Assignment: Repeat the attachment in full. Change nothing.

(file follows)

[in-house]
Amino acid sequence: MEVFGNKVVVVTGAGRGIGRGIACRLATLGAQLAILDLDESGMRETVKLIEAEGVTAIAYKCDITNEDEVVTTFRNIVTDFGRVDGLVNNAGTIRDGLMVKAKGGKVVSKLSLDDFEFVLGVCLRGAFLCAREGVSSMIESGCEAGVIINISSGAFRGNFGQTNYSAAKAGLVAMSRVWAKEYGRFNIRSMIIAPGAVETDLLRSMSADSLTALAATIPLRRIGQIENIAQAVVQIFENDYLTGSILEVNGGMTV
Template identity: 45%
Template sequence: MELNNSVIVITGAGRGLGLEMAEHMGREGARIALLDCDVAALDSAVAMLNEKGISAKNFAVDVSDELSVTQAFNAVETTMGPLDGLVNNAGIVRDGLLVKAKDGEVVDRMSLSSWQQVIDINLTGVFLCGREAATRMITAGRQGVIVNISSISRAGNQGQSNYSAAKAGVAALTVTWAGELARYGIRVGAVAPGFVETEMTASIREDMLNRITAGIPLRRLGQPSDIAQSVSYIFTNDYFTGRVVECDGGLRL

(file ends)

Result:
[in-house]
Amino acid sequence: MEVFGNKVVVVTGAGRGIGRGIACRLATLGAQLAILDLDESGMRETVKLIEAEGVTAIAYKCDITNEDEVVTTFRNIVTDFGRVDGLVNNAGTIRDGLMVKAKGGKVVSKLSLDDFEFVLGVCLRGAFLCAREGVSSMIESGCEAGVIINISSGAFRGNFGQTNYSAAKAGLVAMSRVWAKEYGRFNIRSMIIAPGAVETDLLRSMSADSLTALAATIPLRRIGQIENIAQAVVQIFENDYLTGSILEVNGGMTV
Template identity: 45%
Template sequence: MELNNSVIVITGAGRGLGLEMAEHMGREGARIALLDCDVAALDSAVAMLNEKGISAKNFAVDVSDELSVTQAFNAVETTMGPLDGLVNNAGIVRDGLLVKAKDGEVVDRMSLSSWQQVIDINLTGVFLCGREAATRMITAGRQGVIVNISSISRAGNQGQSNYSAAKAGVAALTVTWAGELARYGIRVGAVAPGFVETEMTASIREDMLNRITAGIPLRRLGQPSDIAQSVSYIFTNDYFTGRVVECDGGLRL